Novelling: Dreaded Edits


Technically this doesn’t have to do directly with my current novel in progress, forwarning. On this fine afternoon I was discussing writing with some fellow wordsmiths and we decided to compare short stories. I found one I had written a few years ago but was still relatively proud of and showed it off. Immediately I got feedback and felt an urge I hadn’t really ever felt. I wanted to edit.

I have always dreaded the edit, in my earlier writing days I hated the process. I never wanted to sit down with something I had finished and re-write the bloody thing, I was done with it. I wanted to move on to the next thing. Or, I thought it was good enough, no need to go over it again. Such a naive, stupid thing to think. As I grew older I realized the editing process was important, my first drafts (no matter if it was fiction or non-fiction) were never even nearly perfect. A great deal of editing was always, always, always required. Often though I would spend hours writing and then feel sick of the piece, I never wanted to go back and have to re-do it all over again. So I often put it off until I forgot about the piece.

Then today happened. I took out an old piece that I had actually edited around the time of writing it, even letting others look at it, and eventually posting it on this blog. I let some writers take a look and they had some suggestions. I read through it again, I noticed so many things that I wanted to change. I turned on the change tracker in word and set to work. It took several hours to go through, line by line, meticulously examining and re-examining each sentence and word and comma.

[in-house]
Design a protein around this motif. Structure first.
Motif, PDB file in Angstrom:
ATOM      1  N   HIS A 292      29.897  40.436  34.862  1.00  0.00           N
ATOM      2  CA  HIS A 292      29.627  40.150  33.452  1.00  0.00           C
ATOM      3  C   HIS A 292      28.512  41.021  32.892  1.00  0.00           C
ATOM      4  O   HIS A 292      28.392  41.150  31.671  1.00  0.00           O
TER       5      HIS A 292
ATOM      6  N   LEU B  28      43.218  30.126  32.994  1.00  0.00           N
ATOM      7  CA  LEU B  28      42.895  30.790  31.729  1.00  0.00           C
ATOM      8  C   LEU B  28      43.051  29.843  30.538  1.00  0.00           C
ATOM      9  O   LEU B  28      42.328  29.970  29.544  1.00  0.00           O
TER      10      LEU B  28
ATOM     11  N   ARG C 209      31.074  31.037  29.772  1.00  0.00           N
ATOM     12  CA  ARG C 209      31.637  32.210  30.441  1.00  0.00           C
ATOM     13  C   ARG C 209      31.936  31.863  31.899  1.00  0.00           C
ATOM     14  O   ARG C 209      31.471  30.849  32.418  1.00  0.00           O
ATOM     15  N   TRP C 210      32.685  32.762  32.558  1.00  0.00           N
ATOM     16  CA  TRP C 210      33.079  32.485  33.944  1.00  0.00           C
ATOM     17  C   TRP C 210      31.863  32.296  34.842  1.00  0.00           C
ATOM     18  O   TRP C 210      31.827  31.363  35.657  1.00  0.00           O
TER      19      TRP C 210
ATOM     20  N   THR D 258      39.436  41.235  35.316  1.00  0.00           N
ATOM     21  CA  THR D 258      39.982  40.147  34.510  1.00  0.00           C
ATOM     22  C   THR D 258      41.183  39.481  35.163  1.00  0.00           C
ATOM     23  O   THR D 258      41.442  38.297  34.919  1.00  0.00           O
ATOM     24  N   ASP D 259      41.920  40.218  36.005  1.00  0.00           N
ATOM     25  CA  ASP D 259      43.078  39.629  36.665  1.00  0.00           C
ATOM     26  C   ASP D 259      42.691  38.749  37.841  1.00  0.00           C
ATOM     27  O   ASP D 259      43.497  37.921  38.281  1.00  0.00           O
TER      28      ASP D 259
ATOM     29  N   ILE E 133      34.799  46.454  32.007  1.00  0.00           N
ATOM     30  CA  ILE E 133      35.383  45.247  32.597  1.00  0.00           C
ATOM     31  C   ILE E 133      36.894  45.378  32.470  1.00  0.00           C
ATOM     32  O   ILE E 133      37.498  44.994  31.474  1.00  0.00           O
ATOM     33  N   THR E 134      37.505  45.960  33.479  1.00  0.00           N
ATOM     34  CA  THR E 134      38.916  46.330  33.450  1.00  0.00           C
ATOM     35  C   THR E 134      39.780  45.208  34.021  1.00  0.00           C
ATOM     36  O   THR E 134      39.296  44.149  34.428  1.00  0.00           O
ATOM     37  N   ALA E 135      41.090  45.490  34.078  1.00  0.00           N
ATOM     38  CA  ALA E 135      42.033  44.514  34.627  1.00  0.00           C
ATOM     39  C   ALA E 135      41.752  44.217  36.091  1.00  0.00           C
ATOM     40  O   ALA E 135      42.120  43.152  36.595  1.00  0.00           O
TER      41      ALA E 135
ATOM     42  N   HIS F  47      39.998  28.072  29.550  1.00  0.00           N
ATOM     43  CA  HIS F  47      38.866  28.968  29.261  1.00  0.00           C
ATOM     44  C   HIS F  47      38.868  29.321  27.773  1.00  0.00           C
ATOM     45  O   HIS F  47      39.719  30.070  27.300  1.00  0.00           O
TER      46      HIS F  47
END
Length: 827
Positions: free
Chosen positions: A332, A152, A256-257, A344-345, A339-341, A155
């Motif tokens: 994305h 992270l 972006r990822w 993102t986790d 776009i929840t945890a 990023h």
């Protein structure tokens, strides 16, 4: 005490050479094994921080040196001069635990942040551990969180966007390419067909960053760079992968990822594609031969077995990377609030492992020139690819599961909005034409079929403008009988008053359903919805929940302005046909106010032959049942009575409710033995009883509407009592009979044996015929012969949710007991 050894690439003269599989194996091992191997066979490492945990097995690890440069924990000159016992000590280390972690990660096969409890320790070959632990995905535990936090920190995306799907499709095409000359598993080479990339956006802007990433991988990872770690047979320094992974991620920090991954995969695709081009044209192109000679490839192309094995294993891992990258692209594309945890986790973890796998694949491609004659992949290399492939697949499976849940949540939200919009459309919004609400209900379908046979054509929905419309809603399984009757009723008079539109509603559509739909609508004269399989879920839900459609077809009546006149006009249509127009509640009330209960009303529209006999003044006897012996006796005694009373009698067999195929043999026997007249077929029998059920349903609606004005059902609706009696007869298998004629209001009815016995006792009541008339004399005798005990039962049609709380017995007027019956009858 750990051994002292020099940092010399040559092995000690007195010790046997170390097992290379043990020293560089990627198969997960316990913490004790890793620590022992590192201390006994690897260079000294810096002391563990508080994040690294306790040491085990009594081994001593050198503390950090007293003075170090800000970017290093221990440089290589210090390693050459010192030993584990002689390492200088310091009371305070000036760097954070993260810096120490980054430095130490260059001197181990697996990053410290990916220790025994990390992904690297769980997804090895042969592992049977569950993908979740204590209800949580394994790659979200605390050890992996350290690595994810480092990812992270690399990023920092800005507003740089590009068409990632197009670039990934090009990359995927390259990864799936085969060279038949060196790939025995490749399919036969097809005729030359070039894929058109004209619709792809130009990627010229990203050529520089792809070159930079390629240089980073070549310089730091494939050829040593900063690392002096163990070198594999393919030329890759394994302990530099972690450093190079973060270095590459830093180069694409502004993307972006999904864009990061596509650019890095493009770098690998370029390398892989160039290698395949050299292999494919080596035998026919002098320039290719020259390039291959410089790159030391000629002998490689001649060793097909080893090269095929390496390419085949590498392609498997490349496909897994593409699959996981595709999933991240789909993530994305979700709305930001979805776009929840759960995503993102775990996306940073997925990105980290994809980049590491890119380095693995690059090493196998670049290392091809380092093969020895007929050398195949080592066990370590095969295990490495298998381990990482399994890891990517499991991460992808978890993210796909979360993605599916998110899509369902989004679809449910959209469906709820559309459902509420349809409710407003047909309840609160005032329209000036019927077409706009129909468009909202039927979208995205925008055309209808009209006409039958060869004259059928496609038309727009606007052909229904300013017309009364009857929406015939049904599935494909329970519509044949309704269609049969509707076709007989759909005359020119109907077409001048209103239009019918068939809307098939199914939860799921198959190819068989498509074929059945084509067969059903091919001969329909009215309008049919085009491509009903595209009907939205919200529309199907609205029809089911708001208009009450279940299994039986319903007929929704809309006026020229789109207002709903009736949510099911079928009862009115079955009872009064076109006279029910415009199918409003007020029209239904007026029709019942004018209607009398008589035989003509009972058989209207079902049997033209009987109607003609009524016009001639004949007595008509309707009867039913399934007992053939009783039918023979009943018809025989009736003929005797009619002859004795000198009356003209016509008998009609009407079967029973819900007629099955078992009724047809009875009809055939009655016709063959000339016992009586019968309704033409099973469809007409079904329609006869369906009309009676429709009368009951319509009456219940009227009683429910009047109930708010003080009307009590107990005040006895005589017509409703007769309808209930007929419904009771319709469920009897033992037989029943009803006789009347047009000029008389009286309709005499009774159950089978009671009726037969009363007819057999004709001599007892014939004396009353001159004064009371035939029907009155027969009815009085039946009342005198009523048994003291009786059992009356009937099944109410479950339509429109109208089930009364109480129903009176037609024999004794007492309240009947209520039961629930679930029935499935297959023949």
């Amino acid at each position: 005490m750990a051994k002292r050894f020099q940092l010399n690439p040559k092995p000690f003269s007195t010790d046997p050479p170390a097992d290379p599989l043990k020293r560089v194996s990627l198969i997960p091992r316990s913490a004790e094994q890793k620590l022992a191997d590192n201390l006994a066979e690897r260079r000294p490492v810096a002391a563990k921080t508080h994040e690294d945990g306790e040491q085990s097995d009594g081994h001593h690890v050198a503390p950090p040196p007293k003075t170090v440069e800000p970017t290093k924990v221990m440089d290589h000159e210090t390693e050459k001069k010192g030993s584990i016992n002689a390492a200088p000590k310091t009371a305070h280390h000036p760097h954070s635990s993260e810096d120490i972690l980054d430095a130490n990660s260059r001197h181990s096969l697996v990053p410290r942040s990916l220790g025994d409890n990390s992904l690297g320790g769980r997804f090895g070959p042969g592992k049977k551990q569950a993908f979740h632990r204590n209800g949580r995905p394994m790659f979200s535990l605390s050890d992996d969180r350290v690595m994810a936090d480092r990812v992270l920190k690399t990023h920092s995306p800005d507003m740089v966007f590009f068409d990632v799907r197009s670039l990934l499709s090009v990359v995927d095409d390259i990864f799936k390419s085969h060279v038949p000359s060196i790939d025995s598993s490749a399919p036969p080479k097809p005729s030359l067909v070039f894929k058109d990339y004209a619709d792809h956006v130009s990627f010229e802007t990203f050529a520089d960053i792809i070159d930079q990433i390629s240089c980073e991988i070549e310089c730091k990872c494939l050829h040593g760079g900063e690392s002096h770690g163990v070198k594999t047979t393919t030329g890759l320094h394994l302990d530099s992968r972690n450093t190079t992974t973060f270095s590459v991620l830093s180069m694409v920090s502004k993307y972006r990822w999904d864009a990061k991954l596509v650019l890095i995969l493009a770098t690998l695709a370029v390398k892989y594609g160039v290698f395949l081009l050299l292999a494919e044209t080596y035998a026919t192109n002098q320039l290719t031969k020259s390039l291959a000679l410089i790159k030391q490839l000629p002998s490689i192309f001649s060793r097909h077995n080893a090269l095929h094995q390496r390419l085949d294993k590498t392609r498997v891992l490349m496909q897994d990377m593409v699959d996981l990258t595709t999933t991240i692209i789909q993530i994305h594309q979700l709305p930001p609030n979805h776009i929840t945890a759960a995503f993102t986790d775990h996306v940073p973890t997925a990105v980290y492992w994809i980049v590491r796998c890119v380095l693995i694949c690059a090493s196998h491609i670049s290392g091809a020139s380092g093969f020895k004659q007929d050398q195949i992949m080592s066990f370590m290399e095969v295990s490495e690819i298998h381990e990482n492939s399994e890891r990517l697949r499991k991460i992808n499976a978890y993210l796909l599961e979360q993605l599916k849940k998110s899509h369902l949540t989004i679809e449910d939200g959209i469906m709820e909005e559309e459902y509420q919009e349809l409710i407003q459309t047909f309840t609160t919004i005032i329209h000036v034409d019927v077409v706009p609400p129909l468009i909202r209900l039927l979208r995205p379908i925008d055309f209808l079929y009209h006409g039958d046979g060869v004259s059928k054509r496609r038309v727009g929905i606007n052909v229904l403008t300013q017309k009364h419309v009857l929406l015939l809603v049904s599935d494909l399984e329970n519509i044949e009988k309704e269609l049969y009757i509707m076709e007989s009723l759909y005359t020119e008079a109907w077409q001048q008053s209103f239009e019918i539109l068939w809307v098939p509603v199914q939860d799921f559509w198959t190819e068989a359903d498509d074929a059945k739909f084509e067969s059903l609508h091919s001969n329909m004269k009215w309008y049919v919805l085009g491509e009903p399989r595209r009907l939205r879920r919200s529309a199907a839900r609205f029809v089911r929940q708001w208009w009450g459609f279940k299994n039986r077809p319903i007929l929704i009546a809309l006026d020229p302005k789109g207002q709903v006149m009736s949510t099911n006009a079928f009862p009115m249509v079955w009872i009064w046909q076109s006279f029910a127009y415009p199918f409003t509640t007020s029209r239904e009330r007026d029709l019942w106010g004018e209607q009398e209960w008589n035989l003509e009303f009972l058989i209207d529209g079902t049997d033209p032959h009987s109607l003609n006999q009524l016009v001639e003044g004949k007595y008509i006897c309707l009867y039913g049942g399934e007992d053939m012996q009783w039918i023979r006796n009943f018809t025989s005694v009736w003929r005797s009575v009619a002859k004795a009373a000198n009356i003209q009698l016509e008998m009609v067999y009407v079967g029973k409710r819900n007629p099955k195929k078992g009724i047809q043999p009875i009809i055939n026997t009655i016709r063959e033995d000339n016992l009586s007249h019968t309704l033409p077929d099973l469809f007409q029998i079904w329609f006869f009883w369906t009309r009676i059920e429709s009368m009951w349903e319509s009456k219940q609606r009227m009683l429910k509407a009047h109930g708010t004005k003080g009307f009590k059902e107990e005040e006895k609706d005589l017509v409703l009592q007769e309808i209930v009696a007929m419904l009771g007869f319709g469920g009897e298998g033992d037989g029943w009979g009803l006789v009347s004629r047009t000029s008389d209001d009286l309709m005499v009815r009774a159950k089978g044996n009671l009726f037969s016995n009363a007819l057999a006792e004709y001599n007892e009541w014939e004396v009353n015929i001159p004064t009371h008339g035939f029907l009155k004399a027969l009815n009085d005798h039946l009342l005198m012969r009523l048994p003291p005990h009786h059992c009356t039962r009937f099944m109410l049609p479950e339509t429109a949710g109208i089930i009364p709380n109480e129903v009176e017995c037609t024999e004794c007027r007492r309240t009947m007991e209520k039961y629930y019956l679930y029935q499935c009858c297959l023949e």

Finally after an hour or two passed I was finished. I read through it again. It was so clearly better. I hadn’t reduced the word count by much if at all but it was smoother, the flow better realized. I felt proud and reposted it to the group. The feedback was even better.

This experience showed me not only is editing not as terrible as I had so foolishly believed but it also is important for your writing. In order to improve we need to see the mistakes we make and realize they are mistakes, they need to fixed or worked on. I used to constantly use the word seem, everything in my writing used to seem a certain way to the viewpoint characters. I never noticed it much before, until this meticulous line edit. Now I avoid using that word at all costs, unless absolutely necessary.

Editing is good and absolutely necessary to become a better writer. Don’t be afraid of it, like I foolishly was.

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Novelling: The Block


Based on previous posts you may know that I have been struggling to write lately. The block has become a wall, one that I have yet to surmount. The odd thing is, I know what I want to write. I’m currently working on a chapter, which I have totally planned out, I managed to get about halfway through and ran into the wall. Last week I had a day where I basically sat in front of the screen knowing what I wanted to write but the words did not come.

It has been very odd. So I turned to YouTube and blogs, what have other writers been using to get over the wall? Based on my not so extensive research I have figured out that most successful writers tend to figure out there own method that works best for them. Some use planning and deadlines, they have to hit a daily wordcount. Some write other things as a distraction to warm up their fingers and minds. Some outline in even more detail until the block is worked through.

I haven’t used or tried any yet. The block still persists. However I watched a lecture by an author and I really want to try what he said. He said to set achievable goals (it’s what he did to finish his book). So during a time of block instead of trying to set wordcounts or planning intricate outlines, set a more simple achievable goal. Write something. Write a sentence or a paragraph or a page. But just write something.

So I’m going to try that.

I’ll let you know how it goes.